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If you love crafts, need a screen-less activity to accompany your “Love Is Blind” marathons, and want to make something functional that you can wear, try your hand at knitting.
Besides requiring minimal materials to get started — yarn and knitting needles — it’s a hobby that is fairly easy to get into and doesn’t require a ton of concentration.
“Knitting gives me time to think,” says Julie Robinson, knitter, instructor, and designer for knitting magazines. “It’s an active meditation.”
Additionally, knitting is “so portable, I can bring it anywhere since there aren’t many tools required, meaning I will always have something to do when I have some unexpected time on my hands,” says Marissa Likar, knitter, and blogger.
Below, Robinson and Likar share their best tips for getting started as a knitting beginner:
1. Get the right knitting needles and yarn.
Even if you already have knitting needles lying around at home, you’ll want to consider circular needles if you don’t have them.
“Circular needles are more versatile than straight [ones] because you can use them to knit flat or in the round,” says Robinson. Likar agrees on starting with circular needles for any knitting project. “Their design makes them easier on the hands and wrists when knitting heavy projects,” she adds.
As far as materials go, there are so many options to choose from — metal, plastic, wood, and bamboo, but Likar recommends bamboo or wood needles for beginners because “the yarn grips better than other materials and stitches stay in place on the needle .” And while plastic may be a cheaper option, Robinson explains that “it makes it harder to work the stitches.”
When it comes to selecting yarn, which can be an overwhelming endeavor if you walk into a craft store, you can narrow your selection by opting for a medium-weight yarn (also known as worsted weight). “It is a good thickness to easily handle and see,” says Likar, who also recommends acrylic yarn because it “is very forgiving, inexpensive, comes in really bright colors, and is readily available.”
Once you start to get more comfortable with your knitting, you’ll probably want to invest in slightly more expensive yarn. “I would suggest getting natural fibers whenever you can afford it, like wool, cotton, silk, or linen,” says Robinson.
If you want to avoid having unnecessary issues when you’re starting out and haven’t quite mastered the basics, “Do not under any circumstances buy yarn to start knitting with if it has any kind of fuzz, sparkly fibers, or novelty,” Likar advises.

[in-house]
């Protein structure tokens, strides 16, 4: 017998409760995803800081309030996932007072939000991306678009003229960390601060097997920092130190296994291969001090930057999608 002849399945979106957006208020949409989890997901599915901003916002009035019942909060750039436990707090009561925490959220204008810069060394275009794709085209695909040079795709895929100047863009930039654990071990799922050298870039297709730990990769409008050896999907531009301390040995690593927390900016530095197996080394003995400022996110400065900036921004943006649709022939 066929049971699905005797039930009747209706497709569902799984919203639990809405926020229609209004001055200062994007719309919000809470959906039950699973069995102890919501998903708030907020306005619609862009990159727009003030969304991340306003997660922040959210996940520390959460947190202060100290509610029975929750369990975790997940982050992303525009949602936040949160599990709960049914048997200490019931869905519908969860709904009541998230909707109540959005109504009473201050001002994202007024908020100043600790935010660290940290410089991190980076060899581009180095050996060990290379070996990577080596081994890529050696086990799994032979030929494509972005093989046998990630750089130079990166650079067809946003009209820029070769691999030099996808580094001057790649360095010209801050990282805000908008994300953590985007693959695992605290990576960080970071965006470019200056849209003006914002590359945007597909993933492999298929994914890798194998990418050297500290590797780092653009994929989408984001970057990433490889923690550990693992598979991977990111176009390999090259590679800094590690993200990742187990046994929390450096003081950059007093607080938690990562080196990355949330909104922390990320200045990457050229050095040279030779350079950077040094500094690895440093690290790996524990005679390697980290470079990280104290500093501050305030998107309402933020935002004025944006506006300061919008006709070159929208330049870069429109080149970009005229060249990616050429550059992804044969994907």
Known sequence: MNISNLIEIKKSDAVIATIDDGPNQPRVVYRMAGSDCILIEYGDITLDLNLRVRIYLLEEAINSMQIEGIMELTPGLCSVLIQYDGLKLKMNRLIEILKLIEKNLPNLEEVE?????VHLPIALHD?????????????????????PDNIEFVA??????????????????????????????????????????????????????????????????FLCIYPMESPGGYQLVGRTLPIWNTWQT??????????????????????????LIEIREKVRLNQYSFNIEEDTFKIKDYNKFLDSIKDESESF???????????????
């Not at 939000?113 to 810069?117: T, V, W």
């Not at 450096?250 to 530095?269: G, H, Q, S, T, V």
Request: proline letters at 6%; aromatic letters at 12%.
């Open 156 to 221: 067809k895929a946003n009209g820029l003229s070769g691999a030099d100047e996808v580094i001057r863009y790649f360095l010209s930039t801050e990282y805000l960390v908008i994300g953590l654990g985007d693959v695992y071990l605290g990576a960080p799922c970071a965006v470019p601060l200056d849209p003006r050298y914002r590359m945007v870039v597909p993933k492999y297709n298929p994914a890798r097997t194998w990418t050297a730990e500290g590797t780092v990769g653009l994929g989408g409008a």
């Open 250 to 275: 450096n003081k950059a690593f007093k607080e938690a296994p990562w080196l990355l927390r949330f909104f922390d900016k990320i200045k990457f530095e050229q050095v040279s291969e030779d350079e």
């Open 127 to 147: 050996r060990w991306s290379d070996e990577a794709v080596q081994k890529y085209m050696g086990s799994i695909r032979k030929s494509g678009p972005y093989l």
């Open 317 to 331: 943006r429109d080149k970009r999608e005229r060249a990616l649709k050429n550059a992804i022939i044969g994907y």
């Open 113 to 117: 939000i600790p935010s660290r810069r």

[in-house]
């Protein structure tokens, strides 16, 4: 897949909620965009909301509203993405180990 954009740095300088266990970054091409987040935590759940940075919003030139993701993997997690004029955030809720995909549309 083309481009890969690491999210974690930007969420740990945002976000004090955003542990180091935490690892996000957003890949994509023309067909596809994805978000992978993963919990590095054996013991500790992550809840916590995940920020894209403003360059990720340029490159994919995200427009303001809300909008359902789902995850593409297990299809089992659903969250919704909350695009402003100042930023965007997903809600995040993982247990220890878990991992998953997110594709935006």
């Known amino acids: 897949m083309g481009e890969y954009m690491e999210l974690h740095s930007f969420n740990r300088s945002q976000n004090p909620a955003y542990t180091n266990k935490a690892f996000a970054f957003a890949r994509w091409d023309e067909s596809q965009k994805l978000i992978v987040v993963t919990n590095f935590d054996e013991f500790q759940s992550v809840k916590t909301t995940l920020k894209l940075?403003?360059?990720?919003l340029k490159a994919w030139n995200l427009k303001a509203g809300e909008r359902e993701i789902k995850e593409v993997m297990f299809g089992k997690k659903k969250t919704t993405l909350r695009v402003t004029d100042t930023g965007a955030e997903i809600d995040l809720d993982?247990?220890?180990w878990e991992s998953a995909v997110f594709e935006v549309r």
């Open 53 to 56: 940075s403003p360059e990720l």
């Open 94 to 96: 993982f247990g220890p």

2. Buy some additional helpful beginner items.
When it’s time to end a project, you’ll need to tuck in the ends with the help of a tapestry needle so there isn’t any fraying or unraveling. “You’ve got to weave those ends in,” says Robinson. “You will use this on every single project you ever make.”
Stitch markers help hold your place in your knitting project. “Get ones that do not have anything that the yarn can snag on and it helps if you can take them on and off the needle easily,” says Likar.
A crochet hook is also a handy tool for your knitting projects. “A crochet hook for a knitter doesn’t sound right, but it is a very helpful tool for mistakes, adding details, and finishing a project,” says Likar.
3. Pick knitting books and guides designed for true beginners.
“So many ‘beginner’ books start somewhere after the beginning, assuming you have some prior knowledge of yarns and knitting or crafting in general,” says Likar. She prefers reference books like Reader’s Digest’s “Knitting Handbook” because “if you come up against a problem, then you can look up the proper way to do the technique.”
If you’re looking for a great beginner knitting project, Robinson recommends starting with a hat. According to her, “Knit a Hat” “shows you how to knit a basic hat, learn a bunch of basic skills, and gain confidence in choosing your materials,” says Robinson, who “really [likes the author’s] craft philosophy [because] it emphasizes enjoying the journey of creating and she encourages people to be adventurous in their knitting practice from the very beginning.”